Check-in at Matfield Station isn’t until 3PM. By Thursday afternoon I was getting antsy about my trip and didn’t want to wait until 3 to arrive. I remembered reading on the website that early check-in could be arranged, so arrange it I did. I was told that everything was ready for me and I could arrive as soon as I was ready.
Friday morning, I woke up anxious to be on my way. I packed my bags, pulled my camera batteries off their chargers and hit the grocery store. At 9:30AM, with more food and wine than was necessary, I pointed my Subaru south and was on my way to Experience the Flint Hills!
The first 90 minutes of the trip were all interstate, but they passed quickly. In Emporia, with the interstate behind me and the Flint Hills stretching out before me, I began to feel the peace and feeling of home they always offer. With only 37 miles to go, the photographic opportunities began to stall my progress.
Just as you enter Cottonwood Falls, K-177, also known as the Flint Hills Scenic Byway, crosses over the Cottonwood River. Having grown up in Kansas, I never cross a bridge without looking up and down stream to see just how little water there is in our rivers and creeks. As I looked to the west, I saw a waterfall and knew I had arrived at my first stop. With no trouble at all, I made my way to the waterfall and spent the next 30 minutes or so photographing the falls, the river and the town of Cottonwood Falls.
I left Cottonwood Falls with just 16 miles of road between me and my destination; however, the scenic byway lives up to it’s name and I would stop several more times to take in and photograph the landscape. From just about any point in the Flint Hills, you can see miles and miles of rolling hills in any direction. The occasional tree dots the landscape, usually standing alone, making one wonder why or how that solitary tree thrives where others don’t. I had barely begun my trip, hadn’t yet reached my destination and I was beginning to understand those trees and their choice to stand alone and grow in a place few appreciated.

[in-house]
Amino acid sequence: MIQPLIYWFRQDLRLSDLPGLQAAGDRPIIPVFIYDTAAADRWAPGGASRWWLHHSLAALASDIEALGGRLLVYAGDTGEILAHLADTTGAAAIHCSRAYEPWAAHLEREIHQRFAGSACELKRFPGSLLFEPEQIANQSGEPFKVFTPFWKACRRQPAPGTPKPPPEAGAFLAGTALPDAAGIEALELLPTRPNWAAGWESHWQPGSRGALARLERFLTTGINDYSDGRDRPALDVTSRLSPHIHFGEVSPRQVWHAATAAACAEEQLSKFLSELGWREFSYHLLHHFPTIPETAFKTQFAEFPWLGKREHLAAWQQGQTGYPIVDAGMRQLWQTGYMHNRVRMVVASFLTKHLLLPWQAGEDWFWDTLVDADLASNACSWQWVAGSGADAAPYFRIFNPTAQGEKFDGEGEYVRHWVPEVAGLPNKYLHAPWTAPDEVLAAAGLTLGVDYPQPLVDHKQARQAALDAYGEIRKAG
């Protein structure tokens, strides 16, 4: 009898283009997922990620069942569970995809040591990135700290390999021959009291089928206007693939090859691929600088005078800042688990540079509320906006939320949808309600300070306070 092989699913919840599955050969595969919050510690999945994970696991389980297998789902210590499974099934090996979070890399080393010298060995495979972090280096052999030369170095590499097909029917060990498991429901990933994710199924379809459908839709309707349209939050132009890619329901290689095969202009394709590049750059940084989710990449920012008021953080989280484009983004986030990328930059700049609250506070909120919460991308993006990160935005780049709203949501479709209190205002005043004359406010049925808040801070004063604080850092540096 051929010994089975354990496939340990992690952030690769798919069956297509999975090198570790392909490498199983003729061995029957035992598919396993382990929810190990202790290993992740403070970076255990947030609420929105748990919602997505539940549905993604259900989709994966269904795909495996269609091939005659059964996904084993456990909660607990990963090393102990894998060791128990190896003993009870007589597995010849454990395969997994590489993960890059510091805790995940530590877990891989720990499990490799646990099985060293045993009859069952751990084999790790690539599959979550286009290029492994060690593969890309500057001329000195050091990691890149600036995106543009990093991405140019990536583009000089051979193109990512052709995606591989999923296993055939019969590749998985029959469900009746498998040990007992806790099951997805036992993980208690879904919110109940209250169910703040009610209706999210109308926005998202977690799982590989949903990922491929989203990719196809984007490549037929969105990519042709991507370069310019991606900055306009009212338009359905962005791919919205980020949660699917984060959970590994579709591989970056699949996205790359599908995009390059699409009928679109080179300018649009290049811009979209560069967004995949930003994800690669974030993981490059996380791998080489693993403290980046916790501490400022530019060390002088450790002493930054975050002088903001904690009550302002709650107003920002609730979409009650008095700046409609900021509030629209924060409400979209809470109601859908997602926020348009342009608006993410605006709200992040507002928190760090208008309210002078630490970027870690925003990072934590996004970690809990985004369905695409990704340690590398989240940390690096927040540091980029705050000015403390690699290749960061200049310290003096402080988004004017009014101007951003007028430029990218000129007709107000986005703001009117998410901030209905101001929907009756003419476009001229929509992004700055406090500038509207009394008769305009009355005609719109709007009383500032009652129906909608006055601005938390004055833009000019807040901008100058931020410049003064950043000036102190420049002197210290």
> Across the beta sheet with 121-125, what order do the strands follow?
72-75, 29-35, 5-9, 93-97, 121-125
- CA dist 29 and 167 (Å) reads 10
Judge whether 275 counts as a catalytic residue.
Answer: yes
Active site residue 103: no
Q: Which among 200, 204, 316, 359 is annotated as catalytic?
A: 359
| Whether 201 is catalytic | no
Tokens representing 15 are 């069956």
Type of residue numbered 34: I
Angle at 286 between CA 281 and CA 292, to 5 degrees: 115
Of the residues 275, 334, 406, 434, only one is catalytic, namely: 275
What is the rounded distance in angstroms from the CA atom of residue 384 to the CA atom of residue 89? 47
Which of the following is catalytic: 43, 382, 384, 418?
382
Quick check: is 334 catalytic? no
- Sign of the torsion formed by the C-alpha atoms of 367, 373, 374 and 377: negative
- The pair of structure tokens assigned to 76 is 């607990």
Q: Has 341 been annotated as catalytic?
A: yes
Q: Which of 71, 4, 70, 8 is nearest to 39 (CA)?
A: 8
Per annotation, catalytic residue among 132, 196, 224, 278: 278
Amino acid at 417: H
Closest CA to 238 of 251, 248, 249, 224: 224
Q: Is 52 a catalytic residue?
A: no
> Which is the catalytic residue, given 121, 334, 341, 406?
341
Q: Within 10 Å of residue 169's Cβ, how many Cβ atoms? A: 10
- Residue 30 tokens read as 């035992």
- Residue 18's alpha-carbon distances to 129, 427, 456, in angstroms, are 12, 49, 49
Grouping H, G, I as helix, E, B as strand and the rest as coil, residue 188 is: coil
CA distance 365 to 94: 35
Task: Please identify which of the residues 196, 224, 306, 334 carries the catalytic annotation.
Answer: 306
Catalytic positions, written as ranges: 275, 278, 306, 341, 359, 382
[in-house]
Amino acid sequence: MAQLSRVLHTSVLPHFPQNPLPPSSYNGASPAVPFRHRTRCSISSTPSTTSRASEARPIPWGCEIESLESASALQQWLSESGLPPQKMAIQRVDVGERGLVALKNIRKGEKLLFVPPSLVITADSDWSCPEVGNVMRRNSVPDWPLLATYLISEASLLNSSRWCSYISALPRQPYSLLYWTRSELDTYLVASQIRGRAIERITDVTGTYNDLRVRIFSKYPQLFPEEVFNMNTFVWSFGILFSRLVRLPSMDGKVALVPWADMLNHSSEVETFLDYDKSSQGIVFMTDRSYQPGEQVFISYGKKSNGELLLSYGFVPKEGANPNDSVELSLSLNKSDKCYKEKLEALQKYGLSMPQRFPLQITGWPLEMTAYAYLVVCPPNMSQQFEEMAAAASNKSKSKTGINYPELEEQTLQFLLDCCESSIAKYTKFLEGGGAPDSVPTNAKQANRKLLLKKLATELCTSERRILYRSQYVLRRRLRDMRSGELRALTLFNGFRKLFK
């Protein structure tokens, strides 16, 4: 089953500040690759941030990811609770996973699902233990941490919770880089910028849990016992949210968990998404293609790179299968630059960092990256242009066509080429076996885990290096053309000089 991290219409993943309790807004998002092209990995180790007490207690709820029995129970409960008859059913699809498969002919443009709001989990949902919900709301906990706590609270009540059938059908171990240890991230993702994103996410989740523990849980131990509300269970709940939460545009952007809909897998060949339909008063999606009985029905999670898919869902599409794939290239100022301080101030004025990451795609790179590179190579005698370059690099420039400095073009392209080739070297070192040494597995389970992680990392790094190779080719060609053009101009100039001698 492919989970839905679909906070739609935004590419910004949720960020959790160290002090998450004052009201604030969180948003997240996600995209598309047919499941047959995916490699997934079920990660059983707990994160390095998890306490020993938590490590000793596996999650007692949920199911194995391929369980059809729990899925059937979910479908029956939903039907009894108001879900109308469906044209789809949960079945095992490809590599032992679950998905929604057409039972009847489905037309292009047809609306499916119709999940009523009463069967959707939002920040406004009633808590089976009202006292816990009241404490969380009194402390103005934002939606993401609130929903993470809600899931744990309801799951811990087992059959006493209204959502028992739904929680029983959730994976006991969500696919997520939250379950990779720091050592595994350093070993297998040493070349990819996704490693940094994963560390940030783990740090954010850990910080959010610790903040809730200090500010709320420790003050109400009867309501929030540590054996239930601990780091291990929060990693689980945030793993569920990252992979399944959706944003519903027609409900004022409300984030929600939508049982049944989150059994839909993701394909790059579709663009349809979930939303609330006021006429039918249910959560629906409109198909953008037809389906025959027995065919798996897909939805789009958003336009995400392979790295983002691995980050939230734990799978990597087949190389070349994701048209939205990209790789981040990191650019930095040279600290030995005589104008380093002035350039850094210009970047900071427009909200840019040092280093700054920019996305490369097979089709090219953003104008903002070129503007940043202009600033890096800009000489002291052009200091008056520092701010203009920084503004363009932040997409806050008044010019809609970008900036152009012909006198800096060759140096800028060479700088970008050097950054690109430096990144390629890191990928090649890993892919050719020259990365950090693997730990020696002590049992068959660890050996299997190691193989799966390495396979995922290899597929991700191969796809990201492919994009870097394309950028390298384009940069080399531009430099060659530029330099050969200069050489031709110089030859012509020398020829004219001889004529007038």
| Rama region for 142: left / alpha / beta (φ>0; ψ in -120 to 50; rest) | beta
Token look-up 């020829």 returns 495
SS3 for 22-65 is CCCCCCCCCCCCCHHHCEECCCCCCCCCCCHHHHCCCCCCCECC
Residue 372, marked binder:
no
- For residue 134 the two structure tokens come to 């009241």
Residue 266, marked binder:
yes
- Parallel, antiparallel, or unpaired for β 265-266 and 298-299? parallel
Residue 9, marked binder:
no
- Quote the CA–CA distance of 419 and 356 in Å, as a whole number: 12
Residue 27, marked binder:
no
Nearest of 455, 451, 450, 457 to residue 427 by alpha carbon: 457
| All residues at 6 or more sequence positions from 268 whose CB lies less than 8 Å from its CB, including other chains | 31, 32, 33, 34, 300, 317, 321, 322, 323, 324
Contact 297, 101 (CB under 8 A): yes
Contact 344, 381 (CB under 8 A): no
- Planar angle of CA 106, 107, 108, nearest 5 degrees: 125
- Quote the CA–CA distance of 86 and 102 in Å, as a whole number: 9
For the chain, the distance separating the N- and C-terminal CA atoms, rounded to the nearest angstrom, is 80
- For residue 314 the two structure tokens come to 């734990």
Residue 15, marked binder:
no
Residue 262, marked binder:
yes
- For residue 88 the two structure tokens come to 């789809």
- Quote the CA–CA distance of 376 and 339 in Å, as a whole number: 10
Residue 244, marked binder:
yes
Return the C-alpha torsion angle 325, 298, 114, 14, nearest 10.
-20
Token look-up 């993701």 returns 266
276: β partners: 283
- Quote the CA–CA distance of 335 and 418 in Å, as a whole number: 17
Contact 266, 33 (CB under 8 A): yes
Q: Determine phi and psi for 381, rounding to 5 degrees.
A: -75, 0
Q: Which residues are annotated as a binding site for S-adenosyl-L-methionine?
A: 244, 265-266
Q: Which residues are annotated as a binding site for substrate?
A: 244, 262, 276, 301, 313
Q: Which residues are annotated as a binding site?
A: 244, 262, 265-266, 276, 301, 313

At 12:30, my two hour drive had been stretched into three and I pulled in at Matfield Station. They weren’t kidding when they said it was near the railroad tracks! As I pulled up, I could hear a train in the distance. Before I even unpacked my car, I made my way to the back of the bunkhouse and watched a BNSF train go barreling past, no more than 50 feet from the back patio. I’ve always lived relatively close to train tracks and find the sound of a passing train to be soothing, as I stood there and watched the train pass so closely, I wondered if I’d feel the same way as I slept that night.
As I approached the door to to my room, I remembered I had received no instruction for check in. I tried the door and found it unlocked, another reminder of life in the country. Once inside, I found the key to the room on the table, along with some pamphlets about the surrounding area. Sitting at the table, looking through the information, another train made it’s way slowly down the tracks. I stepped outside to watch it and saw the reason it was moving so slowly is because it was coming to a stop. After a minute or two, I heard another train coming and realized there were actually 2 sets of tracks. Little things like watching a train slow to a stop and then start up again was just the kind of thing I was looking for on this trip.
I made a sandwich to take with me and grabbed the pamphlet with a map of the area. My cameras were in the passenger seat and we set out for the flint covered roads to continue the experience.